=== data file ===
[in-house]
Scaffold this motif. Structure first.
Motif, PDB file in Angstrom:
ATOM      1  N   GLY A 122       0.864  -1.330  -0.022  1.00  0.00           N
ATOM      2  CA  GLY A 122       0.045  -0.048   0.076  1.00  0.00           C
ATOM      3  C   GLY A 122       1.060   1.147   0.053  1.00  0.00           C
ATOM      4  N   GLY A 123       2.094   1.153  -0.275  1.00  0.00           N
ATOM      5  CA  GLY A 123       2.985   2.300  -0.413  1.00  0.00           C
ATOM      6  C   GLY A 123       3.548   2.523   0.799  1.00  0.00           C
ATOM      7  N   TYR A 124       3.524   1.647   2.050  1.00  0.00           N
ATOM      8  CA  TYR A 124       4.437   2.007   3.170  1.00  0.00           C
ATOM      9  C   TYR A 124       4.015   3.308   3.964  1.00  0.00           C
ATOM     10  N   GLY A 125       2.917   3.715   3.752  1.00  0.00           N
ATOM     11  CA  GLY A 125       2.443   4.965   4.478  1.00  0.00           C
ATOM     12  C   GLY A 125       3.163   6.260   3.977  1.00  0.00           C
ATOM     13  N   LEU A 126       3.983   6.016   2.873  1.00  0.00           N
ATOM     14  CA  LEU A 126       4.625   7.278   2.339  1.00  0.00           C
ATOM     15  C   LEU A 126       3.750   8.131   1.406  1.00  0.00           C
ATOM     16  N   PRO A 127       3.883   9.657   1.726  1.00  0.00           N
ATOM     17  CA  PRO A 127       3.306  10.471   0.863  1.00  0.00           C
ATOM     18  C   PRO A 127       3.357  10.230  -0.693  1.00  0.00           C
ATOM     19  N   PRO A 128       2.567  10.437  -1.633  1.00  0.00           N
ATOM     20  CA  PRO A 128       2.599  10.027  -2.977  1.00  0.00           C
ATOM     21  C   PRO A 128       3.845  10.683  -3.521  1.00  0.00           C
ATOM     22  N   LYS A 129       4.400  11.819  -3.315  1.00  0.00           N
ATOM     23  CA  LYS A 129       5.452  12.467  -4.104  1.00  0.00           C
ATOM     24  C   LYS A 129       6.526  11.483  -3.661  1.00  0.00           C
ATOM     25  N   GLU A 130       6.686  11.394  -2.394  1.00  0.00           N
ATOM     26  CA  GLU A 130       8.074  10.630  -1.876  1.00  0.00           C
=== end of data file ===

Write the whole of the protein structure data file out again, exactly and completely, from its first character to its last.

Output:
[in-house]
Scaffold this motif. Structure first.
Motif, PDB file in Angstrom:
ATOM      1  N   GLY A 122       0.864  -1.330  -0.022  1.00  0.00           N
ATOM      2  CA  GLY A 122       0.045  -0.048   0.076  1.00  0.00           C
ATOM      3  C   GLY A 122       1.060   1.147   0.053  1.00  0.00           C
ATOM      4  N   GLY A 123       2.094   1.153  -0.275  1.00  0.00           N
ATOM      5  CA  GLY A 123       2.985   2.300  -0.413  1.00  0.00           C
ATOM      6  C   GLY A 123       3.548   2.523   0.799  1.00  0.00           C
ATOM      7  N   TYR A 124       3.524   1.647   2.050  1.00  0.00           N
ATOM      8  CA  TYR A 124       4.437   2.007   3.170  1.00  0.00           C
ATOM      9  C   TYR A 124       4.015   3.308   3.964  1.00  0.00           C
ATOM     10  N   GLY A 125       2.917   3.715   3.752  1.00  0.00           N
ATOM     11  CA  GLY A 125       2.443   4.965   4.478  1.00  0.00           C
ATOM     12  C   GLY A 125       3.163   6.260   3.977  1.00  0.00           C
ATOM     13  N   LEU A 126       3.983   6.016   2.873  1.00  0.00           N
ATOM     14  CA  LEU A 126       4.625   7.278   2.339  1.00  0.00           C
ATOM     15  C   LEU A 126       3.750   8.131   1.406  1.00  0.00           C
ATOM     16  N   PRO A 127       3.883   9.657   1.726  1.00  0.00           N
ATOM     17  CA  PRO A 127       3.306  10.471   0.863  1.00  0.00           C
ATOM     18  C   PRO A 127       3.357  10.230  -0.693  1.00  0.00           C
ATOM     19  N   PRO A 128       2.567  10.437  -1.633  1.00  0.00           N
ATOM     20  CA  PRO A 128       2.599  10.027  -2.977  1.00  0.00           C
ATOM     21  C   PRO A 128       3.845  10.683  -3.521  1.00  0.00           C
ATOM     22  N   LYS A 129       4.400  11.819  -3.315  1.00  0.00           N
ATOM     23  CA  LYS A 129       5.452  12.467  -4.104  1.00  0.00           C
ATOM     24  C   LYS A 129       6.526  11.483  -3.661  1.00  0.00           C
ATOM     25  N   GLU A 130       6.686  11.394  -2.394  1.00  0.00           N
ATOM     26  CA  GLU A 130       8.074  10.630  -1.876  1.00  0.00           C